(April 29, 1917 - July 15, 2012)
Born and raised in Manhattan, Ms. Holm was an only child. Because of her parents' occupations--Jean Parke, her mother was an American portrait artist and her father, Theodor Holm, a Norwegian businessman--she traveled often and attended schools in the Netherlands and France.
She graduated from University High School for Girls in Chicago, where she performed in many stage productions. She then studied drama at the University of Chicago before her stage debut in the late 1930s.
Her first professional role was in a production of Hamlet starring Leslie Howard. But her first major part was in William Saroyan's revival of The Time of Your Life (1940) as Mary L with fellow newcomer Gene Kelly. Her interpretation of Ado Annie in the premiere of Rodgers and Hammerstein's Oklahoma! in 1943 received critical and popular recognition. After she starred in the Broadway production of Bloomer Girl, 20th Century Fox signed her to a movie contract in 1946. Her film debut was in Three Little Girls in Blue, making a stunning entrance in a Technicolor red dress singing "Always A Lady."
In 1947 she won an Oscar and Golden Globe for Best Supporting Actress in Gentleman's Agreement. After playing Karen Richards in the quintessential play about Broadway, All About Eve, she preferred live theatre to movie work and only accepted a few film roles over the next decade. The most successful were in the comedy The Tender Trap and the musical High Society (1956) which co-starred Grace Kelly, Bing Crosby and Frank Sinatra.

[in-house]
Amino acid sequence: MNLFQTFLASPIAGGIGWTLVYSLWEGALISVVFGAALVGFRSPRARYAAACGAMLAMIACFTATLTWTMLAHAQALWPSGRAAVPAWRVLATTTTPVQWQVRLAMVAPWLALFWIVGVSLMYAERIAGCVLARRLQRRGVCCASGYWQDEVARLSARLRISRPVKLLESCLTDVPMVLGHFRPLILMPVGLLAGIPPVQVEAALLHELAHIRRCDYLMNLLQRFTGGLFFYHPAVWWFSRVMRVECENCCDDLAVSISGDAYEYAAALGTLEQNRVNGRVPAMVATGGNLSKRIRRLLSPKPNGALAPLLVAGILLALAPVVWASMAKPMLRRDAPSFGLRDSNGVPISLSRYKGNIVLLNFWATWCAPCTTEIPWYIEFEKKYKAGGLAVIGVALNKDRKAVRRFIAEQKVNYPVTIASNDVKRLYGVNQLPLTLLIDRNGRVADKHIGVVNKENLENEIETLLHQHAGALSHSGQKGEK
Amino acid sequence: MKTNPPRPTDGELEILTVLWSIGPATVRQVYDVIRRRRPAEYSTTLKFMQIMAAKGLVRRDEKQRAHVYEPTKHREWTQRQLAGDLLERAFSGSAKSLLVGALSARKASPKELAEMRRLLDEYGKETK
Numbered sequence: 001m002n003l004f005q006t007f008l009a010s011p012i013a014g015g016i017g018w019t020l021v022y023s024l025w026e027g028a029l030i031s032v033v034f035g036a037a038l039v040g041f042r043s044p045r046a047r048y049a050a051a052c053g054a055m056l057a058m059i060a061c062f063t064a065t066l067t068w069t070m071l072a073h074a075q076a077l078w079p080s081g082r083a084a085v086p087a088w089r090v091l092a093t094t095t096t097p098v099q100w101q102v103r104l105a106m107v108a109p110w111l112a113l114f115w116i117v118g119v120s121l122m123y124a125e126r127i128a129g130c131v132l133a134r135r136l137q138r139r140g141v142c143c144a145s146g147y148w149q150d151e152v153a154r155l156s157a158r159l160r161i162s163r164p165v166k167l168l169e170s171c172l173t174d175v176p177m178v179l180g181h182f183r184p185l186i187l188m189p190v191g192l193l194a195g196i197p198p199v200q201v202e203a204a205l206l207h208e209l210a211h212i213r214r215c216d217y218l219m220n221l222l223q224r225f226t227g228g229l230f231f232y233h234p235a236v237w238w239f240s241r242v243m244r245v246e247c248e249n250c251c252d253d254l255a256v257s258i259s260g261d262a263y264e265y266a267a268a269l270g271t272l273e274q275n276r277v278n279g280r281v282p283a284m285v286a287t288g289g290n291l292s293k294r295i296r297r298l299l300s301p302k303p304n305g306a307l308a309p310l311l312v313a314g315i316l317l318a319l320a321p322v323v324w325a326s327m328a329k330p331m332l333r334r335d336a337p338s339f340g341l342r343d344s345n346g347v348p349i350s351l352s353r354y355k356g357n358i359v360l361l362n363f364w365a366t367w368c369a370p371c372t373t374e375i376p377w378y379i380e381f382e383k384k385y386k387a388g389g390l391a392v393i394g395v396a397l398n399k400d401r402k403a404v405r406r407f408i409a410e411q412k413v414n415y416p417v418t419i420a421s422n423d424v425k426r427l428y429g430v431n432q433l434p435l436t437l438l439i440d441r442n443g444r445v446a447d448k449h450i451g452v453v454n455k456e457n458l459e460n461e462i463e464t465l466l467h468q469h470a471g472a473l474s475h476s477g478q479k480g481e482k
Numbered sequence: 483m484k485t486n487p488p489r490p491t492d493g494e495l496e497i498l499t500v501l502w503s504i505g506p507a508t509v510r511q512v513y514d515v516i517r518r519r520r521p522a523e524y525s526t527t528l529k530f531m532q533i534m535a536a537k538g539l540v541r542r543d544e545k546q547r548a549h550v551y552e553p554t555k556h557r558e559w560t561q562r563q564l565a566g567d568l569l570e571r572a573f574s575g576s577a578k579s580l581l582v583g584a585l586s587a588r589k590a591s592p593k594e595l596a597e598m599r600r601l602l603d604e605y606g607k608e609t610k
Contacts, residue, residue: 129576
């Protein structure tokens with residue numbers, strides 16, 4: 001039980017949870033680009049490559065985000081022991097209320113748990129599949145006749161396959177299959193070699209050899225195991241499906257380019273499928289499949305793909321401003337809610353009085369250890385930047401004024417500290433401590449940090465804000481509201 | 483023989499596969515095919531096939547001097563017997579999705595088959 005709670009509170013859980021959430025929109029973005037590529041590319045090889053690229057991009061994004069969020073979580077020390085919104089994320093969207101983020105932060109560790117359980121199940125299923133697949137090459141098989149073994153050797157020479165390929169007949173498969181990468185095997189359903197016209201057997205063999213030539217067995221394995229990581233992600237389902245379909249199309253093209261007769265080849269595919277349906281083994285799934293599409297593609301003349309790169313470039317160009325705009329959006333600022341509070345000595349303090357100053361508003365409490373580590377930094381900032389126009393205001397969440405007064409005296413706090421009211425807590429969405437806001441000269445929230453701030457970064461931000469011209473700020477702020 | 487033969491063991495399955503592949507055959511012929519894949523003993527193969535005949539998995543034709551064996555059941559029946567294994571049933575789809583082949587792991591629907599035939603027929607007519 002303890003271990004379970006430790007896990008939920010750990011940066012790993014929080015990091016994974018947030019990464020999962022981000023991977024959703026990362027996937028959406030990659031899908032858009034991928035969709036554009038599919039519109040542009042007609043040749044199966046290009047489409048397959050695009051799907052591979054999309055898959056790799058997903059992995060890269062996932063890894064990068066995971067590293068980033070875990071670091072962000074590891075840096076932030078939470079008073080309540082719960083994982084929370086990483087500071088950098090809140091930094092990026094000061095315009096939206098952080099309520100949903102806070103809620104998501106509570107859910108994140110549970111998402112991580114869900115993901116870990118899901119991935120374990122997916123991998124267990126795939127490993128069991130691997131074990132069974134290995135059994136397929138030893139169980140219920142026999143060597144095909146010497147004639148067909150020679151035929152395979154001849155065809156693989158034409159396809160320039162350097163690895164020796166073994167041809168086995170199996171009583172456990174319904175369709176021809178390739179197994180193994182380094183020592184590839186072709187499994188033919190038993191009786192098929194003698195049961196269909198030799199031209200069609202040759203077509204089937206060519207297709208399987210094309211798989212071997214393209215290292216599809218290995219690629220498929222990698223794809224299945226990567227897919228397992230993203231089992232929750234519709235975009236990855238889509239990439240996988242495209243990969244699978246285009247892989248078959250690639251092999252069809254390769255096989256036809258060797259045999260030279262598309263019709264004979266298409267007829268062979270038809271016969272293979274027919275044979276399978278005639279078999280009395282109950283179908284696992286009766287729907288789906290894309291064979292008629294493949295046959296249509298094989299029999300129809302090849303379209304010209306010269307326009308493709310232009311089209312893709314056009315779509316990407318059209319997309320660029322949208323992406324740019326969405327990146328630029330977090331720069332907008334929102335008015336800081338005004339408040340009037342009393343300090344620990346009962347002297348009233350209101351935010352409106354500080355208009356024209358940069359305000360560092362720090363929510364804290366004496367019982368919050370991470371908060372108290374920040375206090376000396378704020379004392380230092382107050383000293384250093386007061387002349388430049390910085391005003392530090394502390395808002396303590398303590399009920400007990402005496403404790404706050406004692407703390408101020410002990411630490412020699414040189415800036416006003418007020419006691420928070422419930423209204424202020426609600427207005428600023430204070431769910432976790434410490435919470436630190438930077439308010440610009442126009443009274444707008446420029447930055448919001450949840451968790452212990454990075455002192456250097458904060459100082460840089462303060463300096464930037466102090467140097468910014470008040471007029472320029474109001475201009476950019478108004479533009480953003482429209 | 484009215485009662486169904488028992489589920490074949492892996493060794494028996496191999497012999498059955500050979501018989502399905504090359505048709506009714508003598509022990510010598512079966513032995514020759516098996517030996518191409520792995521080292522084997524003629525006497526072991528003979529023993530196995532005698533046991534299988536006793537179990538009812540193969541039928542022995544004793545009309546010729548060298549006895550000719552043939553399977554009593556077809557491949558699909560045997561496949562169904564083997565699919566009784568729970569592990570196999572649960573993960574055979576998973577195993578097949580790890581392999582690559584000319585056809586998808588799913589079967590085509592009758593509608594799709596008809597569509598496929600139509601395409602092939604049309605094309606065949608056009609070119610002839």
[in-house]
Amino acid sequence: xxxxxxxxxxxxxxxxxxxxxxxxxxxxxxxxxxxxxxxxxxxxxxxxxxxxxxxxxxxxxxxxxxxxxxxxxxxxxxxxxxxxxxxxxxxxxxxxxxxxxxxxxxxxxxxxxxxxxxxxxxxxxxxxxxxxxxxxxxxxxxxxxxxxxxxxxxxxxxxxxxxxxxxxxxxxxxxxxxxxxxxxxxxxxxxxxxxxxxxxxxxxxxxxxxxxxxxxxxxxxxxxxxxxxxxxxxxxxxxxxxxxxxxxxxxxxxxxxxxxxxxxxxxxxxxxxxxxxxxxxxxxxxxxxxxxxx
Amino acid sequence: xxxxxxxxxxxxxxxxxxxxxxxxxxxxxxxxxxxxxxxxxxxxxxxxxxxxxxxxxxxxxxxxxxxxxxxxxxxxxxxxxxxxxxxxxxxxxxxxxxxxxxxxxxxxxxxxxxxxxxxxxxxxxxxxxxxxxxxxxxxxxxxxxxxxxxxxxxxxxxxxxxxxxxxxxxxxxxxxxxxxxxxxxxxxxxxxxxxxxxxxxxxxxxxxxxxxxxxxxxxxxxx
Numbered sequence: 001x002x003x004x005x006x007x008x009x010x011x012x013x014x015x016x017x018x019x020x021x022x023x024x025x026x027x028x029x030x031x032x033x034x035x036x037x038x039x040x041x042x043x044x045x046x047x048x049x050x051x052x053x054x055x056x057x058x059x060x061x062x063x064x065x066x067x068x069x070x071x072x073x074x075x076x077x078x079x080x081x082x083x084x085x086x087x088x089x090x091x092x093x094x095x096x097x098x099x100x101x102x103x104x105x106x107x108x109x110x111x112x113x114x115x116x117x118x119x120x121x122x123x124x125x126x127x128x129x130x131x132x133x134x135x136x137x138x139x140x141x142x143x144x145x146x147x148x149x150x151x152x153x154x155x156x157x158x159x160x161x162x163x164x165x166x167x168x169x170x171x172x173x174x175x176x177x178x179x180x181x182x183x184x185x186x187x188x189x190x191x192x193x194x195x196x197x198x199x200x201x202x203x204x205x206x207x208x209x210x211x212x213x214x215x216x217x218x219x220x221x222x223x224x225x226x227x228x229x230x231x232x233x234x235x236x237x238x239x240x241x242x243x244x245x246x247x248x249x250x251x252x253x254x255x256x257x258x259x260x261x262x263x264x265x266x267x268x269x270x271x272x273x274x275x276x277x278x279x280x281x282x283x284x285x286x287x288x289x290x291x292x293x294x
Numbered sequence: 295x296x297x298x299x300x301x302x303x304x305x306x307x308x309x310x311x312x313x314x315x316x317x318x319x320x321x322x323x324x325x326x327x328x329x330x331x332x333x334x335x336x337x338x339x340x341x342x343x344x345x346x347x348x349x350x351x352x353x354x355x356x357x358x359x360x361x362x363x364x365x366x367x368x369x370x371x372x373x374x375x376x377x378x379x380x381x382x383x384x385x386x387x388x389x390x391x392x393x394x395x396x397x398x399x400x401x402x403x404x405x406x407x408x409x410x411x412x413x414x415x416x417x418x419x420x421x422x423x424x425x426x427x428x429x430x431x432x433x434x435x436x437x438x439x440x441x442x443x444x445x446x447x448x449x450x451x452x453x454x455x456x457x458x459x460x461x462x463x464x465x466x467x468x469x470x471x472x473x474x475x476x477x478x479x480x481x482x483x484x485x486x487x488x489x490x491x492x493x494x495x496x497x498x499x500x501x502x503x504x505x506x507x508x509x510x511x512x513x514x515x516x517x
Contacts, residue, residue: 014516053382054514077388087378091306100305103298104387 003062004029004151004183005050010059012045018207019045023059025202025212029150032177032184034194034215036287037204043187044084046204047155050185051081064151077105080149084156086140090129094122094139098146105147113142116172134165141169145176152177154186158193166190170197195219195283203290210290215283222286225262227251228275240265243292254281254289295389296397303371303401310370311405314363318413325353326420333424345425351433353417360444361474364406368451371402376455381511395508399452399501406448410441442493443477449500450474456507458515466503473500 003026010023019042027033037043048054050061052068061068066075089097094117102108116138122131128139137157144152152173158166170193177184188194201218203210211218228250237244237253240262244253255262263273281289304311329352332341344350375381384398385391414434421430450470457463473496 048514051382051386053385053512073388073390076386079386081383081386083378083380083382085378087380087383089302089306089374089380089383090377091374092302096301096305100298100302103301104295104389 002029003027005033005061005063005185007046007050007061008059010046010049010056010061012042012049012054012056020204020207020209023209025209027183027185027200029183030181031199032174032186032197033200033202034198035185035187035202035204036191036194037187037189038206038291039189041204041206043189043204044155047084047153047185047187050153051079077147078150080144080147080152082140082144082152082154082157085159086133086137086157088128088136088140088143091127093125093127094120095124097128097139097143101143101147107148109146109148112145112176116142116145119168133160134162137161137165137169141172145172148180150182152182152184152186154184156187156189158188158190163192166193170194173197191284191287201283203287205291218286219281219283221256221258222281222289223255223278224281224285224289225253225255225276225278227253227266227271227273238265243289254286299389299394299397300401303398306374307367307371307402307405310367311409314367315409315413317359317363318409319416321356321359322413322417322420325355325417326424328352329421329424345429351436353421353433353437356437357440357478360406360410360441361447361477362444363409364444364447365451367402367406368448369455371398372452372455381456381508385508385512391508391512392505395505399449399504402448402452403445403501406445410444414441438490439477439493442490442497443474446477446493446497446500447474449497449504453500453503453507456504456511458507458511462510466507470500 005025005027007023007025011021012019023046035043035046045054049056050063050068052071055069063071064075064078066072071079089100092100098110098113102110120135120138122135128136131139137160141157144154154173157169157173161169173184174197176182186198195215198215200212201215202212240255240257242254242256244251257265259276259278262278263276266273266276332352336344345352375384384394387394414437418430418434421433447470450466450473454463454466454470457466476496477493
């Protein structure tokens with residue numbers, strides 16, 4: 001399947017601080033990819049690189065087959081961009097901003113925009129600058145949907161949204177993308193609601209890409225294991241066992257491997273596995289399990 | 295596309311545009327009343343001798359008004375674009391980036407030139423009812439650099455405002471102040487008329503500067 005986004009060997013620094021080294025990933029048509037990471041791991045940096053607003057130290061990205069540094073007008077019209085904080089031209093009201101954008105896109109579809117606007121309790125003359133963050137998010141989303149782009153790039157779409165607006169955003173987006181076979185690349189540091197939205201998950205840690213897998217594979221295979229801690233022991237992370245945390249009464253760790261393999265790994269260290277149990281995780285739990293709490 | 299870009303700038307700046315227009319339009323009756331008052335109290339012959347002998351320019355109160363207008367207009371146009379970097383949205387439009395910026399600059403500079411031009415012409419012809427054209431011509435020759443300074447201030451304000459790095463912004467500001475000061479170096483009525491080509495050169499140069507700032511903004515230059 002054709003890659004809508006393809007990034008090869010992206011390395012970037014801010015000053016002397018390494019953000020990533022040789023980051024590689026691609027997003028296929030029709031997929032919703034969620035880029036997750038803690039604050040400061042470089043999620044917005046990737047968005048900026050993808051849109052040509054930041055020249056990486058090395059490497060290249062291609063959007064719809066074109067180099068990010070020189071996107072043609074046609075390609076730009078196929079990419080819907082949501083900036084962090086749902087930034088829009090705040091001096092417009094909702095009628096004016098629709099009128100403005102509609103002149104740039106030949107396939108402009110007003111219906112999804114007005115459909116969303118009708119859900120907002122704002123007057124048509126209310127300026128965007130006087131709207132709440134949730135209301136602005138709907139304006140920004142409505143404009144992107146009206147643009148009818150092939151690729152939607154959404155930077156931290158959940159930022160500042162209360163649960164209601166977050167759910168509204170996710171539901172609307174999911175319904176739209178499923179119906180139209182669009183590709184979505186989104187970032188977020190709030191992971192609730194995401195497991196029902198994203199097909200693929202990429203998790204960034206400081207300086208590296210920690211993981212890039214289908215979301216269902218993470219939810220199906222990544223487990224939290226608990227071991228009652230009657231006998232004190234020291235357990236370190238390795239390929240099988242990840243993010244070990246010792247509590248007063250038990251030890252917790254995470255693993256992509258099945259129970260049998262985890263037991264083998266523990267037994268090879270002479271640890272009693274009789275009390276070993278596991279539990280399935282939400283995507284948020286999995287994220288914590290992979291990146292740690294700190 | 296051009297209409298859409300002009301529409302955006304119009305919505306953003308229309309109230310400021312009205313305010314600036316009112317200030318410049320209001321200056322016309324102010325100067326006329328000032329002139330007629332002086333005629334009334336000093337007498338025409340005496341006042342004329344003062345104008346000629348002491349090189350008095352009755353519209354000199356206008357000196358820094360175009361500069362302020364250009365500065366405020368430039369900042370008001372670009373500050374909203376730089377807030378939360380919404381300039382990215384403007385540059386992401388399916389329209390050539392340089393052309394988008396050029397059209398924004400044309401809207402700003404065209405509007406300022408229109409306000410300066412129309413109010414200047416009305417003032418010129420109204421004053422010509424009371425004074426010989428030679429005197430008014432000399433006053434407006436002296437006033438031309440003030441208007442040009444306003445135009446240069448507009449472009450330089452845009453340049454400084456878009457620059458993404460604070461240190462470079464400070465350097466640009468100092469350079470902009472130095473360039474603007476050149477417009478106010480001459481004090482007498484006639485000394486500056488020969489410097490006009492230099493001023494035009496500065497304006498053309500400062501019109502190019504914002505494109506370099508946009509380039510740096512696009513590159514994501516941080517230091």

A life member of the Actors Studio, she received numerous honors during her lifetime, including the 1968 Sarah Siddons Award for distinguished achievement in Chicago theatre; she was appointed to the National Arts Council by then-President Ronald Reagan, appointed Knight, First Class of the Order of St. Olav by King Olav of Norway in 1979, and inducted into the American Theater Hall of Fame in 1992. She remained active for social causes as a spokesperson for UNICEF, and from 1995 she was Chairman of the Board of Arts Horizons, a not-for-profit arts-in-education organization.